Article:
They're simply filled in electronically using the tablet PC
pen. The Forms Engine enhances the tablet PC's built-in
handwriting recognition by assigning areas of the forms as
Numeric, Calculating, Checkbox, or Text. That way, the system
doesn't mistake a zero for the letter "O." Once filled in, a
digital document can be wirelessly e-mailed or faxed to an
individual or group. Digital documents sent and received by the
system are all logged, so it's easy to re-create a paper
2.Once uploaded into the
system, ConstructConnect documents are used just like
the paper forms they replace, except now they can be
Pen-based computing and tablets have been tried before
(remember the Apple Newton?) but have never really taken off.
ConstructConnect is different in two important ways. First,
there are no "windows," no "file management," nothing to "save"
or "back up," and literally nothing new for anyone to learn
Figure 3.ConstructConnect's simple and
intuitive interface requires almost zero training. If
your users can write with a pencil and push "on," they
can use the system.
ConstructConnect hides all the technology in the background,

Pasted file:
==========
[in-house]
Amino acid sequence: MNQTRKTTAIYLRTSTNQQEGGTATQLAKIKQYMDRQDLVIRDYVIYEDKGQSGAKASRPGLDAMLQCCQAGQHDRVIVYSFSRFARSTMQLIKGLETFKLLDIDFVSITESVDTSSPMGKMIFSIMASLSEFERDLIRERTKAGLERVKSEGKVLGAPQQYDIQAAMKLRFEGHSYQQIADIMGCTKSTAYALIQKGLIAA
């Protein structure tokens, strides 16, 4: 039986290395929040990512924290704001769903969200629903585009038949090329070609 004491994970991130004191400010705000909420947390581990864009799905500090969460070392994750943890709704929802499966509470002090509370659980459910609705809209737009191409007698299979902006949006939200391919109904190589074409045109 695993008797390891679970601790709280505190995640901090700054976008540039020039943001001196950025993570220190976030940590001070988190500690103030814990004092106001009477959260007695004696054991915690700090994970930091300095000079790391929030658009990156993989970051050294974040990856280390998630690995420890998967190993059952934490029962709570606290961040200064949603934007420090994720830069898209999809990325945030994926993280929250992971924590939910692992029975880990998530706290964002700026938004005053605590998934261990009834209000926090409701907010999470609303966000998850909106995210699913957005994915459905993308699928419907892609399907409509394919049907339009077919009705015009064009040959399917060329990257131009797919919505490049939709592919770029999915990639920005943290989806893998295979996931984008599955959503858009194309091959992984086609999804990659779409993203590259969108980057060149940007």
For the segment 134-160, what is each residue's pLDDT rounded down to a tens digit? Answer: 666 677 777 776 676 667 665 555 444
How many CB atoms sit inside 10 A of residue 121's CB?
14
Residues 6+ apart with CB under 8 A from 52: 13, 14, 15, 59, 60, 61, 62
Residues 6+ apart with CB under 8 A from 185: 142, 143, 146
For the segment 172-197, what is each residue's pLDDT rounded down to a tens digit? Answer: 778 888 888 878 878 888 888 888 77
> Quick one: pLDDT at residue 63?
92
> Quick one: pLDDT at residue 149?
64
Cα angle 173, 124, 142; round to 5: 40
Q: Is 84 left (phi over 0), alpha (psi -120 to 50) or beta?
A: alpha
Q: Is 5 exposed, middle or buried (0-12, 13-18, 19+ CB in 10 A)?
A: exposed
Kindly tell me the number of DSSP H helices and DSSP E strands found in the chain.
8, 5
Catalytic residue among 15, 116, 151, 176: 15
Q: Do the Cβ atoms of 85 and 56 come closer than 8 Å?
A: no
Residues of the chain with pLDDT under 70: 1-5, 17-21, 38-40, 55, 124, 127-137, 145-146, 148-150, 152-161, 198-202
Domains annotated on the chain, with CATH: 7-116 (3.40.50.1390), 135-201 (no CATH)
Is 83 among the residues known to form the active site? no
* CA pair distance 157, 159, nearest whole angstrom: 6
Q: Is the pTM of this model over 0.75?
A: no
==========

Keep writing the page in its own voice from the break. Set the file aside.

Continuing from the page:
leaving users with the same familiar forms they were used to
using on their clipboards. Second, Construct-Connect's
"connection engine" eliminates the usual PDA "HotSync" hassles,
as well as the need for mobile users to constantly hunt for a
way to get online. Instead, the system queues up all incoming
and outgoing digital documents and messages and waits patiently
until the user either drives into a cellular signal or walks
into a WiFi "hot spot." Everything is then automatically sent
and received in the background. If a transmission is
interrupted midstream, it's no problem. The system
automatically picks up where it left off as soon as a signal is
available. All the user has to do is remember to keep the
tablet PC turned on.
ConstructConnect pricing starts at $299 per user per month.
That may sound like a lot until you realize what it replaces.
The price includes a fully-insured lease on the tablet PC (if
you lose it or run over it, it's covered), a server hosting
account, and all necessary software and server access. You also
get a built-in digital camera, 802.11 wireless LAN, and Sierra
wireless cellular modem cards.
The supplied tablet PC has enough horsepower to run any other
Windows application and could easily be used as your primary
computer. Hardware prices will no doubt fall over time, as will
the price of the service, as more and more users come on board.
Volume pricing is available now.
Joe Stoddardis a technology consultant to the
building industry and a contributing editor toThe Journal of Light
Construction. You can reach him at